Deficiency of Adenosine Deaminase 2 (DADA2)

  • Amanda OmbrelloEmail author
  • Reeval Segel


Deficiency of adenosine deaminase 2 (DADA2) is an autosomal recessive autoinflammatory disease resulting from mutations in ADA2 (formerly named CECR1). Initially described by two groups in 2014, additional reports have documented that the phenotypic expression is quite broad. Although commonly presenting in childhood, patients can present throughout their lives with varying forms of inflammatory, neurologic, hematologic, and immunologic phenotypes. Frequently reported disease manifestations include lacunar strokes, non-cirrhotic portal hypertension, immunodeficiencies, and bone marrow involvement that can include an overt pancytopenia ranging to cell-specific immune destruction. The role of adenosine deaminase 2 (ADA2) remains incompletely understood. The lack of ADA2 in patients with DADA2 results in endothelial cell fragility and a skewing of macrophage development toward the inflammatory, M1 macrophage. Current treatment options are tailored toward the individual clinical presentations but the utilization of anti-tumor necrosis factor (TNF) medications has been highly effective at reducing the risk for stroke. Hematopoietic stem cell transplant offers a potential cure for the disease.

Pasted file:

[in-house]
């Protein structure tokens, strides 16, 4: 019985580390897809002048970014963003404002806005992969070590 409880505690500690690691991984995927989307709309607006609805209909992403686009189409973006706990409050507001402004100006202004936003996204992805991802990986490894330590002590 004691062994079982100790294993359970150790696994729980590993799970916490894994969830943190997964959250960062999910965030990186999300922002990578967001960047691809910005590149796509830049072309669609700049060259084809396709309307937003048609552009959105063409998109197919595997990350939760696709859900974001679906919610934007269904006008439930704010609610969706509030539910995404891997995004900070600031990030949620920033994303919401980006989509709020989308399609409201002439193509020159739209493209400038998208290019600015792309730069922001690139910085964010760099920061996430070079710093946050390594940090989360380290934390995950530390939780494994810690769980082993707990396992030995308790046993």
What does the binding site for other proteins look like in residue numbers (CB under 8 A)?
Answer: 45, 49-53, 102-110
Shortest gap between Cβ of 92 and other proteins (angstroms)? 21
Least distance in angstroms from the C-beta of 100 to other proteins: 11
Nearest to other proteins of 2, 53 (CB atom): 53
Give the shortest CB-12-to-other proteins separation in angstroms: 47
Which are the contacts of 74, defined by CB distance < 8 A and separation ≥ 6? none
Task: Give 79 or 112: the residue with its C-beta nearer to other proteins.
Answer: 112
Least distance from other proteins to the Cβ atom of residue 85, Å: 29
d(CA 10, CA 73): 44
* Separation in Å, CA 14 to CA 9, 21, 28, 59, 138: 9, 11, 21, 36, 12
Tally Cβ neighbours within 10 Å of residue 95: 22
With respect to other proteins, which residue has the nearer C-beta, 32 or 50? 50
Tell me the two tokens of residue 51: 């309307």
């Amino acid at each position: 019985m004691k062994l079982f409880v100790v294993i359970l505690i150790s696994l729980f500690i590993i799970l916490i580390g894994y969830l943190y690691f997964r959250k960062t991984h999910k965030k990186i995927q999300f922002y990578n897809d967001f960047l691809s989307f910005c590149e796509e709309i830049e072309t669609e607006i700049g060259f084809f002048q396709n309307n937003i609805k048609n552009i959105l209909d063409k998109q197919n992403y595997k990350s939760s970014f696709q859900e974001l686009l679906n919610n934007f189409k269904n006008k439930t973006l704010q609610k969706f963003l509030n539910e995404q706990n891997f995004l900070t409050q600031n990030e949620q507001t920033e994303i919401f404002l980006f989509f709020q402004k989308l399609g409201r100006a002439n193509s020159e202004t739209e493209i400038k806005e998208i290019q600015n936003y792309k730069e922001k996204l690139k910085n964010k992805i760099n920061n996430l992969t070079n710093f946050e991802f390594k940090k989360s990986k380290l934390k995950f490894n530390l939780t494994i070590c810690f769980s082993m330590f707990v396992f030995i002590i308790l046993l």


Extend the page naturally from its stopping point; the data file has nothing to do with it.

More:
Adenosine deaminase 2 DADA2 ADA2 Autoinflammation Polyarteritis nodosa Stroke Cytopenia Immunodeficiency Hematopoietic stem cell transplantation Anti-tumor necrosis factor drugs 



Adenosine deaminase 1


Adenosine deaminase 2


ADA-related growth factor


Cat eye syndrome chromosome region, candidate 1


Deficiency of adenosine deaminase 2


Fresh frozen plasma


Graft versus host disease


Hematopoietic stem cell transplant






Magnetic resonance angiography


National Institutes of Health


Nodular regenerative hyperplasia


Polyarteritis nodosa




Phorbol myristate acetate


Severe combined immunodeficiency


Short hairpin RNA


Tumor necrosis factor


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Copyright information

© Springer Nature Switzerland AG 2019

Authors and Affiliations

  1. 1.National Human Genome Research InstituteNational Institutes of HealthBethesdaUSA
  2. 2.Medical Genetics Institute and Pediatrics, Shaare Zedek Medical CenterHebrew University School of MedicineJerusalemIsrael

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